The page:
Children worry about lots of different things. At times, it can be hard to understand why something so trivial can cause so much distress. However, it is important to remember that worries are relative.

Cast your mind back to when you were fifteen years old. What worried you then, will probably seem inconsequential now. However, if you put the actual problem to the side and focus on how you felt, there’s a strong chance that the pain was actually no less than how you feel now when you face bigger, more grown-up issues and dilemmas. This is because as we grow older, our problems also grow and become more relative to our life experience and age. However, the feelings that these issues evoke are equally painful at every stage in our life.

It is important to remember this when we are dealing with children and their big emotions. They are looking at the world through a lens relative to their age therefore their problems will always seem tiny to us. Their feelings, however, are very real and we need to acknowledge them and give them the tools to be able to manage them.

Here are 6 ways that can help ease children’s worries:

1. Truly listen

Everybody wants to feel heard, including children. Getting down on a child’s level and truly listening to their concerns will give them a safe outlet to express their feelings. Sometimes all we need is an arm around us and to feel like we are not alone. Showing compassion and understanding for their situation (no matter how trivial it may seem to you), will make a child feel acknowledged and will therefore automatically make them calmer.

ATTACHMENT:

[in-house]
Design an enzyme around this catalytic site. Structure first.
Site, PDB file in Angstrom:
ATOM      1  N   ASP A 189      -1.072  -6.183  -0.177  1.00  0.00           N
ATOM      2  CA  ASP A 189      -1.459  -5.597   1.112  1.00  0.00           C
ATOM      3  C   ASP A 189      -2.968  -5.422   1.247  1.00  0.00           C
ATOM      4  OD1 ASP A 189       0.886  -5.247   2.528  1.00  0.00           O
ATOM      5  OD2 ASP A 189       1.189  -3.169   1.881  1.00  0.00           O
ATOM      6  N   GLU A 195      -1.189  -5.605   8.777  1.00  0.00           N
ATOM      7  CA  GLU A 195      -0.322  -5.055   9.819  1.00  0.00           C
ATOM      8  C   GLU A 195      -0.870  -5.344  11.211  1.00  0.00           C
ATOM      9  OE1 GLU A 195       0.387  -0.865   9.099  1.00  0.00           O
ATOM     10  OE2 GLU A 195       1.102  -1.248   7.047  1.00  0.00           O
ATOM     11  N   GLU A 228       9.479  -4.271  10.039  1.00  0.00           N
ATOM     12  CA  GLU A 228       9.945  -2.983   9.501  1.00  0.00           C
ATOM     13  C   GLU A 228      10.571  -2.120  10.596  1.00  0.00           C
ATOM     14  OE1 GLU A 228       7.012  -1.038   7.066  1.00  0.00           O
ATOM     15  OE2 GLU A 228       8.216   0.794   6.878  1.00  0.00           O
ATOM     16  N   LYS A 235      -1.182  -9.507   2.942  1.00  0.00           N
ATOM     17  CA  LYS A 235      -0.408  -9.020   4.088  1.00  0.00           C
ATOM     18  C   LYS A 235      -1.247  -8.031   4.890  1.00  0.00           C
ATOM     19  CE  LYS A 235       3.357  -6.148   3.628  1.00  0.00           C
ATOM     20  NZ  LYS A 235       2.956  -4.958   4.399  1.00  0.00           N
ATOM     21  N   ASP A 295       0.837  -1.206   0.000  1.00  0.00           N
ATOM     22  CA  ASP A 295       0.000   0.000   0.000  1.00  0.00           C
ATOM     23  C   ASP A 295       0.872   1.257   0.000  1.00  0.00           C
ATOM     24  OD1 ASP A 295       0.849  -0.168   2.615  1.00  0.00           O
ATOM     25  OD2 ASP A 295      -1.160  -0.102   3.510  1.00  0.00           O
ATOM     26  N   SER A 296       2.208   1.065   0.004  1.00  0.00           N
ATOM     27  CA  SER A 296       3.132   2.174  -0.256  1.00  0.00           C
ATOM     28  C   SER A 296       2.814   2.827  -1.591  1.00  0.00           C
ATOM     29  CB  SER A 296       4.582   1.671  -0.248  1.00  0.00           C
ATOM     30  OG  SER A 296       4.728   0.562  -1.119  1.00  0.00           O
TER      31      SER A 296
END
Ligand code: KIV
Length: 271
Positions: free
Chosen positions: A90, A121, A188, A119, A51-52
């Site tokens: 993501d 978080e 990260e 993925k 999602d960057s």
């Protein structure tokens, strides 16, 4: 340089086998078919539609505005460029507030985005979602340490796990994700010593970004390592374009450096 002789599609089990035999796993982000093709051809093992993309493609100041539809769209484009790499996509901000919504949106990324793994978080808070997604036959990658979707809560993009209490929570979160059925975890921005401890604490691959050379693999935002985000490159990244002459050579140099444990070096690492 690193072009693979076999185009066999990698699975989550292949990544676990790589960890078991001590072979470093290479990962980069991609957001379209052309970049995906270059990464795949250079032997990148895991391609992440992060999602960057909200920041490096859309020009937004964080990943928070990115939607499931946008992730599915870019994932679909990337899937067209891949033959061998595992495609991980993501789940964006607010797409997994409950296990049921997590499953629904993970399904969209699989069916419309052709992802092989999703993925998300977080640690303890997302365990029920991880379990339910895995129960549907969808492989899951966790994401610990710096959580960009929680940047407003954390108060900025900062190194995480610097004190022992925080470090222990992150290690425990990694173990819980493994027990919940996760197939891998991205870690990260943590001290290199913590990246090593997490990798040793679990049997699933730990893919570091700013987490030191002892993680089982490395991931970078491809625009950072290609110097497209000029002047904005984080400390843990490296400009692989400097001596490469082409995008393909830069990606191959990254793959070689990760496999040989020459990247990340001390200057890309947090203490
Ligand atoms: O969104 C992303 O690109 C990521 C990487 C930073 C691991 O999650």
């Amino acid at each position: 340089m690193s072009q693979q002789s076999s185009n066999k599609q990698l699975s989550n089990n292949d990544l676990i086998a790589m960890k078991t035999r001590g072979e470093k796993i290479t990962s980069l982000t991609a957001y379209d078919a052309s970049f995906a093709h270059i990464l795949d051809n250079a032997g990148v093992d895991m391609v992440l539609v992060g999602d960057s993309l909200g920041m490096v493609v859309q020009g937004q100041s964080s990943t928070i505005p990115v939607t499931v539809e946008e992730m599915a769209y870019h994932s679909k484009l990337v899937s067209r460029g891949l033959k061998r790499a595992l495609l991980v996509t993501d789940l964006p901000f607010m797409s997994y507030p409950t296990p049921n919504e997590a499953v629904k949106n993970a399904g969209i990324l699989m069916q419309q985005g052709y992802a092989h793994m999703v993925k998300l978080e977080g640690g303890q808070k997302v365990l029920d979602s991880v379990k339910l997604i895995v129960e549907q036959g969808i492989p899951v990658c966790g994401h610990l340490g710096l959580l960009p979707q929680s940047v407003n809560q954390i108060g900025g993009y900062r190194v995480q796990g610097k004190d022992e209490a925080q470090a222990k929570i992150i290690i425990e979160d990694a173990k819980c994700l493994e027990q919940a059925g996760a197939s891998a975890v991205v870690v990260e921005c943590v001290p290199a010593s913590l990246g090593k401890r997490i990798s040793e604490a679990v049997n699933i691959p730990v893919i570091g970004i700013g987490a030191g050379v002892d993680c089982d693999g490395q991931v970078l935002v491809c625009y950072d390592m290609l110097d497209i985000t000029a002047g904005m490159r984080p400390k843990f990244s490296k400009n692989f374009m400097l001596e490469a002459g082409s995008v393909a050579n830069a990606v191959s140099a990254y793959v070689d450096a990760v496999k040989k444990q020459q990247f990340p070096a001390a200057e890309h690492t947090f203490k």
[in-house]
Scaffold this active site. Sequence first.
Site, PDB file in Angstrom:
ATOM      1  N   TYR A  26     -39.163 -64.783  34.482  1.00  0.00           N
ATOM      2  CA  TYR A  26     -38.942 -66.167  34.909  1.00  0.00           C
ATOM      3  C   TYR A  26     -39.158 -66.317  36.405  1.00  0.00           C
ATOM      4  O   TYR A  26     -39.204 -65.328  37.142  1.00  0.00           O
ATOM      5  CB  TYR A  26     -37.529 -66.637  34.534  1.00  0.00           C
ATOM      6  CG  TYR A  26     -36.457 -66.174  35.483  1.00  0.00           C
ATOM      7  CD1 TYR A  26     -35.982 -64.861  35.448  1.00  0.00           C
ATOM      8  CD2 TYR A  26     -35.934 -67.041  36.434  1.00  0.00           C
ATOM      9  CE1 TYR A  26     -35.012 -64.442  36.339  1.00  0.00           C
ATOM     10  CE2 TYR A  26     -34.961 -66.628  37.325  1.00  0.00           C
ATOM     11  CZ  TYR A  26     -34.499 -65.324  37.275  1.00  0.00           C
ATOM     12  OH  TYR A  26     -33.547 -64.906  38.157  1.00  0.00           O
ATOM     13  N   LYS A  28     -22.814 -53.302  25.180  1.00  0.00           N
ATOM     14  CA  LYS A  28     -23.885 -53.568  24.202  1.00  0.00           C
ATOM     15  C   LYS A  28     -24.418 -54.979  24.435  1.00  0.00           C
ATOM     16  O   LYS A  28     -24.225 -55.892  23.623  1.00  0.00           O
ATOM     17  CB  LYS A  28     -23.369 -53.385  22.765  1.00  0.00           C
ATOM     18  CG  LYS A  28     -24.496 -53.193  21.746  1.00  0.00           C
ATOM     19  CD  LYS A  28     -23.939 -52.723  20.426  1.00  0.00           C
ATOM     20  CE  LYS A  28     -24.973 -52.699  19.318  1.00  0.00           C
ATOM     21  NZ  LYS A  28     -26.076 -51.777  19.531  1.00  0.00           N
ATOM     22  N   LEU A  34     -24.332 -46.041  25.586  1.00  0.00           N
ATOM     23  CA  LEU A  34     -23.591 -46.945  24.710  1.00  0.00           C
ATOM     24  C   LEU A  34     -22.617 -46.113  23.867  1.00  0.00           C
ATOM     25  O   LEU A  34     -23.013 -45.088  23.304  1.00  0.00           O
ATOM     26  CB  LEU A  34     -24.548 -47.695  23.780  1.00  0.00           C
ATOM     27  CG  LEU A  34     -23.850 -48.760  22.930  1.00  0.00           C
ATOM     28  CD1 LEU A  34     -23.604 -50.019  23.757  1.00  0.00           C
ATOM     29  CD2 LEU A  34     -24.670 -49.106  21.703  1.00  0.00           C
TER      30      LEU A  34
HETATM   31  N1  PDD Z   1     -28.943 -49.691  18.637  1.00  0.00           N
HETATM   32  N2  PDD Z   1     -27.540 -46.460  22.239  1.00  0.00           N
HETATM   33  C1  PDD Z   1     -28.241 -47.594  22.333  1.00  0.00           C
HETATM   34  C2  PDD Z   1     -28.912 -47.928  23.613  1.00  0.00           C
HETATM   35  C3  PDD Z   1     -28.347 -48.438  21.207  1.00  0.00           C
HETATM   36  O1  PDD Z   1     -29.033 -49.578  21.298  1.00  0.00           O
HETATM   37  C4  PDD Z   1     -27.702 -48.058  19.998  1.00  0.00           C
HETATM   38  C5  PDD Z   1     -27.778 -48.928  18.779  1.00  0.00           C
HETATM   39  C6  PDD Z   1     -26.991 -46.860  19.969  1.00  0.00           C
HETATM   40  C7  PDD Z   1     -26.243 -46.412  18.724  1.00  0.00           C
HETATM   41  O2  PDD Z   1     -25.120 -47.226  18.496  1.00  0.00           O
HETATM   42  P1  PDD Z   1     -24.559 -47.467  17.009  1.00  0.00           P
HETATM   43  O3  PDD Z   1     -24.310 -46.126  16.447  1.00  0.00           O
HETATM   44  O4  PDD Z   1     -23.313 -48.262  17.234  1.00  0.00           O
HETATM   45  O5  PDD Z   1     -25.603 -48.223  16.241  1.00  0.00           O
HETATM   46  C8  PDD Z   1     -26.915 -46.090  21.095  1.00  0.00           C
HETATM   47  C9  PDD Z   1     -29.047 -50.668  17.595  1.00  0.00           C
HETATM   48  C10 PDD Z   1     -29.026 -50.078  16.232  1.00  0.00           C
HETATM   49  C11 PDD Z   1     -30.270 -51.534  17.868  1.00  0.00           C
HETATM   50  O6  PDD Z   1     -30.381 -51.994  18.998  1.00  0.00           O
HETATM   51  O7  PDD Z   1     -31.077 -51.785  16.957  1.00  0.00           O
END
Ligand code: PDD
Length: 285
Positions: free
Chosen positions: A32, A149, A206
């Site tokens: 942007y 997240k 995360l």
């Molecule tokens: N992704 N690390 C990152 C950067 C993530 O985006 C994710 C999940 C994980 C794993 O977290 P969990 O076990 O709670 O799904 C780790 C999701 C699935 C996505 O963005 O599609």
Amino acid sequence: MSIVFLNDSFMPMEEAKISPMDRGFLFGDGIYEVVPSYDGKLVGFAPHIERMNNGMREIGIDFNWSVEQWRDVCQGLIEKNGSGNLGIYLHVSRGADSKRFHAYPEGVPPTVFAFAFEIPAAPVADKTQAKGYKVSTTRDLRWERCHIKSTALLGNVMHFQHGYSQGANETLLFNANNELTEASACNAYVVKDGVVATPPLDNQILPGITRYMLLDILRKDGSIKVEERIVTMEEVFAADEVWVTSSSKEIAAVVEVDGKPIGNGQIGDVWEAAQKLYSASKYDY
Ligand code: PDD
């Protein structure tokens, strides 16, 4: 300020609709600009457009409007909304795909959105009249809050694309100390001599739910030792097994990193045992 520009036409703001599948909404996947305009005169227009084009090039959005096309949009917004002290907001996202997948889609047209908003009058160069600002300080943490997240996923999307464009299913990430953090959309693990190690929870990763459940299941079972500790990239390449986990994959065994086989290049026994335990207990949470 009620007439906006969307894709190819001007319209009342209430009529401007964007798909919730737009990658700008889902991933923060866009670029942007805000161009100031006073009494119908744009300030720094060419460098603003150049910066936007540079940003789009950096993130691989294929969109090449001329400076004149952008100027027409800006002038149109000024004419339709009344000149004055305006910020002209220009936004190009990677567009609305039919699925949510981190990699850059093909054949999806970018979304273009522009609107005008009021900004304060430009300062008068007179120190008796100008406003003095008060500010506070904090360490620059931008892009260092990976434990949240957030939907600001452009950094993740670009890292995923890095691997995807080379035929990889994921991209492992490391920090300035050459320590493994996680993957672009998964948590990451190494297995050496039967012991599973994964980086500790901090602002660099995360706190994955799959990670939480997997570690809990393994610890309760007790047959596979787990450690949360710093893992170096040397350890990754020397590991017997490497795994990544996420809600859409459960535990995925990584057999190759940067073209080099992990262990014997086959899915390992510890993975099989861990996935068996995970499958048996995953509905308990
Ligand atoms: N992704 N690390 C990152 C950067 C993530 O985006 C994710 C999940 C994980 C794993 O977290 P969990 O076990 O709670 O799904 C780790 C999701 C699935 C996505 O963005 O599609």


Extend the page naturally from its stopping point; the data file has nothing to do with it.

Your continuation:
2. Validate who they are

Sometimes we all need reminding of our strength. Build children up by telling them how strong you think they are and how you know that they have what it takes to overcome the problem they are facing. Explain that it’s okay to feel worried but remind them of their unique qualities. Also, if you can think of a time when they faced and overcame a similar problem, this will validate the message that they are more than capable of doing the same again.

3. Face it together

A problem shared is a problem halved. It is important to face our fears, but this can be very overwhelming. By finding solutions together, children will feel supported and less overwhelmed. Ask them what you could both do to make things easier or better. Encourage them to find solutions and then support them to step into action. Facing fears builds resilience, however, we are more likely to step into the unknown if we have a safety net. Let that safety net be you.

4. Bring it back to the present

Anxiety is often linked to when we play out future events in our mind. Most of the things we worry about never happen, but our imagination runs away with us, which can stir up negative feelings. If children are worrying about a future event or situation, teach them to bring their mind back into the present. What can they do now to make themselves feel better? What can they control?

5. Do a daily routine

Our mind is programmed by repetition. What we see, hear and feel on a consistent basis creates the blueprint for how we view the world and ourselves. A daily mindset routine is a powerful way to instil positive beliefs and to build confidence:

  • Gratitude